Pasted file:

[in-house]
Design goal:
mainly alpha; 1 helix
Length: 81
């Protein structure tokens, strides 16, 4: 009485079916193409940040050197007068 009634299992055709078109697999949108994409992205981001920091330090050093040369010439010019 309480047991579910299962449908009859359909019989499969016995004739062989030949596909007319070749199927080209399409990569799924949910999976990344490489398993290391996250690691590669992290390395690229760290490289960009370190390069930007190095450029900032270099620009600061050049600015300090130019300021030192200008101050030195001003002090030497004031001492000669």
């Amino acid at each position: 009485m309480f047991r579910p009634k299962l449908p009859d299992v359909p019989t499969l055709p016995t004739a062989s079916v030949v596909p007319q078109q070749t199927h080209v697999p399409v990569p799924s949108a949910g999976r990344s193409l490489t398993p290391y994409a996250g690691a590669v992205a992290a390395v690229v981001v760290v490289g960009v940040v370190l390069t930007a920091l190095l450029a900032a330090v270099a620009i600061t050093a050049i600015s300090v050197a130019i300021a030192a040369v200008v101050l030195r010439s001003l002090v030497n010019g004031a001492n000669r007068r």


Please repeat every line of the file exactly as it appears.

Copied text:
[in-house]
Design goal:
mainly alpha; 1 helix
Length: 81
């Protein structure tokens, strides 16, 4: 009485079916193409940040050197007068 009634299992055709078109697999949108994409992205981001920091330090050093040369010439010019 309480047991579910299962449908009859359909019989499969016995004739062989030949596909007319070749199927080209399409990569799924949910999976990344490489398993290391996250690691590669992290390395690229760290490289960009370190390069930007190095450029900032270099620009600061050049600015300090130019300021030192200008101050030195001003002090030497004031001492000669």
């Amino acid at each position: 009485m309480f047991r579910p009634k299962l449908p009859d299992v359909p019989t499969l055709p016995t004739a062989s079916v030949v596909p007319q078109q070749t199927h080209v697999p399409v990569p799924s949108a949910g999976r990344s193409l490489t398993p290391y994409a996250g690691a590669v992205a992290a390395v690229v981001v760290v490289g960009v940040v370190l390069t930007a920091l190095l450029a900032a330090v270099a620009i600061t050093a050049i600015s300090v050197a130019i300021a030192a040369v200008v101050l030195r010439s001003l002090v030497n010019g004031a001492n000669r007068r």